3 stars It might be hard to understand what Fripp was trying to achieve on this release unless you understand some of the influences surrounding him at the time. The League of Gentlemen was put together to play tours in 1980 when Fripp was out to prove he could cut it in the new lean post-punk new wave scene. At this time the scene in New York was a big influence on not only Fripp, but other progressive rockers eager to change such as Bowie, Eno, Andy Mackay and Peter Gabriel.

Seminal artsy NY punk bands such as The Contortions and Eight-Eyed Spy had broken up and some of the more musically talented members of these bands were forming new bands that drew a lot of their musical influences from the past. Guitarists such as Robert Quine and Jody Harris began to show a lot of interest in 50s and 60s guitar instrumentals in a variety of styles including lounge exotica, surf, and hot rod music. I think this post-punk guitar instrumental scene had a big influence on Fripp when he made this record. I don't think money was a motivating factor on this project. If Robert wanted to make money all he had to do was hire some big name musicians and slap the name King Crimson on the project and he would be back in the big leagues, which is exactly what he did when he finally got bored with this project.

If you listen to this record as a Fripp-riffs meets surf, crossed with lounge exotica and infused with punk energy, then at least six of the songs aren't too bad. They could have been better if the rhythm section had been a little less clumsy and more time had been put into the production, but I think that is part of the "punk" sound Fripp was going for here.

There are also three really nice short minimalist electronic pieces that are somewhat similar to 60s Terry Riley. These pieces also add to the whole retro-exotic sound. The big drawback on the album though are the snippets of spoken word nonsense. At least three songs are totally ruined because of the "vocals" that were placed in the mix. These vocals consist of a mix of quotes from J.G. Bennett, punk girls talking trash, gratuitous sex noises and cliché announcer type voices.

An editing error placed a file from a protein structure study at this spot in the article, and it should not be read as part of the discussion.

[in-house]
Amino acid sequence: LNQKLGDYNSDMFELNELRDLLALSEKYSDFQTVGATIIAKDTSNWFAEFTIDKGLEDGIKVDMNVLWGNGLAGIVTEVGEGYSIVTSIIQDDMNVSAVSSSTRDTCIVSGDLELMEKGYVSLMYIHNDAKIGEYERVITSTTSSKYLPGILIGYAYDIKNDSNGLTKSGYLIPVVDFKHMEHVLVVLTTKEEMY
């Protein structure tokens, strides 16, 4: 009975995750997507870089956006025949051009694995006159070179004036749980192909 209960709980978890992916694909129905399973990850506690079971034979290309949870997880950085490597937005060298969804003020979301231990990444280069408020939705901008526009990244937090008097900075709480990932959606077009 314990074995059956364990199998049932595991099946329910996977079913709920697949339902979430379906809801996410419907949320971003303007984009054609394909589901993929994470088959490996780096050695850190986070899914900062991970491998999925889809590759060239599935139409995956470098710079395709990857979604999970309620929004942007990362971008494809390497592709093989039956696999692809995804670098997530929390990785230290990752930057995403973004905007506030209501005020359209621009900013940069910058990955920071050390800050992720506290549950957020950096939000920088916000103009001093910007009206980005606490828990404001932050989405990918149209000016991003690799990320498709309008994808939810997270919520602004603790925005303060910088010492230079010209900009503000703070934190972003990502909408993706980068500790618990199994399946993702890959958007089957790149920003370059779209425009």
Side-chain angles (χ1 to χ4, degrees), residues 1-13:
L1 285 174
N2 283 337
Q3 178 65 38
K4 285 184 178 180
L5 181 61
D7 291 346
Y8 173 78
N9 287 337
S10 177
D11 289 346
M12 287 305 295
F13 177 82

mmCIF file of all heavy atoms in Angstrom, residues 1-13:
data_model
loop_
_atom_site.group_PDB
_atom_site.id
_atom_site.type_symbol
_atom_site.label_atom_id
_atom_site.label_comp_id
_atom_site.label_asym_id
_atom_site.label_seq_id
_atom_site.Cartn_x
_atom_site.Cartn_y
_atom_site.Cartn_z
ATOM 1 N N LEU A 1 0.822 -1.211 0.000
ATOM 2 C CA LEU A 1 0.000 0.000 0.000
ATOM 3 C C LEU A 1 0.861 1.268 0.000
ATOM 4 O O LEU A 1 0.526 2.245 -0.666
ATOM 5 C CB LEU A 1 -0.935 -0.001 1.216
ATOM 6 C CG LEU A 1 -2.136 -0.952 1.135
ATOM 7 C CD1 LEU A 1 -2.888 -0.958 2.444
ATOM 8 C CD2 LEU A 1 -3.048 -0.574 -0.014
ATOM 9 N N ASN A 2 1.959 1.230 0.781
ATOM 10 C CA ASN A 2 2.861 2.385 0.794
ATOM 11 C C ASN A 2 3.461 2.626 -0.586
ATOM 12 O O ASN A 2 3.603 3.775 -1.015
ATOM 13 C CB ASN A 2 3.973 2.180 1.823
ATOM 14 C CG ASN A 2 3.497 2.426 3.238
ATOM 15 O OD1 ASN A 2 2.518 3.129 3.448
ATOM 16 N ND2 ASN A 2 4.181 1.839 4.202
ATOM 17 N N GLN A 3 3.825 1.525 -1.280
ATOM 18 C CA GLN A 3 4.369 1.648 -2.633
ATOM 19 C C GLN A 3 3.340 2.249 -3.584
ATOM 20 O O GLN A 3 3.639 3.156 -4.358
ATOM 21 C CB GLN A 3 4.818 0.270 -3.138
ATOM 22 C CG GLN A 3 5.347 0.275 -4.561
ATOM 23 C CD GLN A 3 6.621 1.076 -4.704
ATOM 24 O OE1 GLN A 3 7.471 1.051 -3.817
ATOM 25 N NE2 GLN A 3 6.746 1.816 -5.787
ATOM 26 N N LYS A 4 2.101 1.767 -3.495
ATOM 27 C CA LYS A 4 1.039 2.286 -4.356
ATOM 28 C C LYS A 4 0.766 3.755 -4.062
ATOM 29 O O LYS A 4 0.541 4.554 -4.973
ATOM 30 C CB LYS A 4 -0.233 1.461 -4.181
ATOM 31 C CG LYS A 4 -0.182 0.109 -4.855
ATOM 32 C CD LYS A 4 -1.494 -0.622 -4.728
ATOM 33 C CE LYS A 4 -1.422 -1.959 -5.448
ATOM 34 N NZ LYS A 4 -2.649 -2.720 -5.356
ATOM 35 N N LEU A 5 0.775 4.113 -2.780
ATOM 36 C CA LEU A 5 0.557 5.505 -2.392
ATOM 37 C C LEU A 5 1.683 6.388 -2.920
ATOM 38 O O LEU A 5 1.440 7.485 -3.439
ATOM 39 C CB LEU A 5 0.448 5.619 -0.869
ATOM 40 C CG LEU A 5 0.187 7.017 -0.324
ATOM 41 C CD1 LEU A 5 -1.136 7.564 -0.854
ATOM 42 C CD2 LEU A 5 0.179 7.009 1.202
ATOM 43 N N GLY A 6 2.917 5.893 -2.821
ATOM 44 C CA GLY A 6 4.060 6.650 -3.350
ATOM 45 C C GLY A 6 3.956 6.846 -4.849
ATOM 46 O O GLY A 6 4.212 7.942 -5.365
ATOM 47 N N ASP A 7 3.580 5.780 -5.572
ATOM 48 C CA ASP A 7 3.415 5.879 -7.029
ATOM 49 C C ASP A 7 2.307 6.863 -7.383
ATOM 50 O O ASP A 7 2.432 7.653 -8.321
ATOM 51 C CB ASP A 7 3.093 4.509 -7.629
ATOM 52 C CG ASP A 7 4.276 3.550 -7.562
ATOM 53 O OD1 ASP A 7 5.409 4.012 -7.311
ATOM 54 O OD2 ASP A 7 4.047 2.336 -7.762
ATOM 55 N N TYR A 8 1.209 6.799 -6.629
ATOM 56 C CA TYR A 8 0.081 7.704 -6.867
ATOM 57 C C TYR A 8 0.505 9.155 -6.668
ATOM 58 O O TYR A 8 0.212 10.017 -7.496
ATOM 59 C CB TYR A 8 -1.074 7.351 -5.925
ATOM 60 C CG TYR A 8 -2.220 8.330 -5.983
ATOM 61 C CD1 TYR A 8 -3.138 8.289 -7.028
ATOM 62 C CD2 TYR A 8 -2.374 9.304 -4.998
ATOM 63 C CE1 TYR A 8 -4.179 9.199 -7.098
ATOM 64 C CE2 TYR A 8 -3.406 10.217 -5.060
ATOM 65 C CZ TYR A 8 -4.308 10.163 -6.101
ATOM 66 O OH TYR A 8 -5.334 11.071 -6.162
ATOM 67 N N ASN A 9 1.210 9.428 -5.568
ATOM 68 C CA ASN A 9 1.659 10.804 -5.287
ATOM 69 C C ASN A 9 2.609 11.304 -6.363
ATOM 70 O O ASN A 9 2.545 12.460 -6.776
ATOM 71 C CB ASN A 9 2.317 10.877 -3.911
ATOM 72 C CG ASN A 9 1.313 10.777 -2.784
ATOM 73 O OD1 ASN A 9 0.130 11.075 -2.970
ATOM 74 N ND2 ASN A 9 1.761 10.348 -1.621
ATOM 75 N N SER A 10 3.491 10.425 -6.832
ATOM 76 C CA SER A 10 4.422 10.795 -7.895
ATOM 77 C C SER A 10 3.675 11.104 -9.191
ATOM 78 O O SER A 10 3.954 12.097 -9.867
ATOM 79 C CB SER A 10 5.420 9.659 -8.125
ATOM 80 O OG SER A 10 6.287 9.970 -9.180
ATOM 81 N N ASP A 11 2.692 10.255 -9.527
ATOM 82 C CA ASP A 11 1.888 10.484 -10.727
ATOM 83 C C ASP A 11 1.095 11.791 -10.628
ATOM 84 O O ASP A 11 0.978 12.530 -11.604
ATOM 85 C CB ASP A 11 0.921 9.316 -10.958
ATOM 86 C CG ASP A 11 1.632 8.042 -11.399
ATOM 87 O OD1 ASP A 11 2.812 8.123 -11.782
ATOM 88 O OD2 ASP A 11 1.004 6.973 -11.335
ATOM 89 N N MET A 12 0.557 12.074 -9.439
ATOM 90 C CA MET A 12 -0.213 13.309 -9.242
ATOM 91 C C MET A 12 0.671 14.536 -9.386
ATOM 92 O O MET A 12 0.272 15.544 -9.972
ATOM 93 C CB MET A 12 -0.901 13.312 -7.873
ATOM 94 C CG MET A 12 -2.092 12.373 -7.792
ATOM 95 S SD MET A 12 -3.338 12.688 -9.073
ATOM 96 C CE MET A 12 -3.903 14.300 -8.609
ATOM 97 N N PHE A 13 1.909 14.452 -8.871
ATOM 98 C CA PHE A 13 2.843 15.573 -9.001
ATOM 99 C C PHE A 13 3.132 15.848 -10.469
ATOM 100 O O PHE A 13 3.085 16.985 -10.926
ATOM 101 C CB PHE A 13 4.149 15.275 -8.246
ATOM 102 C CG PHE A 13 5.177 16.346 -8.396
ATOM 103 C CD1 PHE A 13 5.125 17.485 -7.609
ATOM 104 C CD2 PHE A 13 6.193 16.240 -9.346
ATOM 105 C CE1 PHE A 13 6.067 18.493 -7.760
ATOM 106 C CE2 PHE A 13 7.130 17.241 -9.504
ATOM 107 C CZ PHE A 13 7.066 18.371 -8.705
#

This record would have been a lot better if Fripp had not been so self-conscious about his past as a 70s rock dinosaur and hired top notch musicians and producers as he was about to do with the newly reformed King Crimson. The six songs on this album that display Fripp's take on 60s guitar instrumentals are really a lot of fun and rate up there with any of his best stuff. I noticed on the album notes that this band played at some fairly rough clubs including the Mud Club in New York. I wonder if Robert enjoyed his year of "slumming it" before retreating back to the regal Court of the Crimson King.

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Send comments to js (Easy Money) (BETA) | Report this review (#161410)
Posted Saturday, February 09, 2008 | Review Permalink
Evolver
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Crossover & JazzRock/Fusion Teams
3 stars In the late seventies, I just about worshipped Robert Fripp. As he was the only consistent member of the world's greatest progressive rock band, he was essentially THE crimson king. Then something went wrong. He broke up King Crimson, audaciously declared all prog bands "dinosaurs", released one great solo album, and then under the guise of some flaky philosopy (that I actually paid to hear him describe - but I presume most of the crowd, like myself, wanted to hear him shred on his guitar), deconstructed his music into odd, but essentially boring disco and even more boring soundscapes.

Then, in 1981, he toured with this band, The League Of Gentlemen. The music is a vague precursor to the "Discipline" band, with Fripp playing guitar patterns similar to what he did with that incarnation of King Crimson. However, as good as his playing was, the rest of the band, a punk/new wave combo, just didn't have the ability to keep up with Fripp being Fripp.

The album is interesting, as you get to hear Fripp play his oddly tuned guitar exercises, and even sometimes shred over these simplistic rhythms and chords.

At least he was heading in the right direction.

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Send comments to Evolver (BETA) | Report this review (#442182)
Posted Tuesday, May 03, 2011 | Review Permalink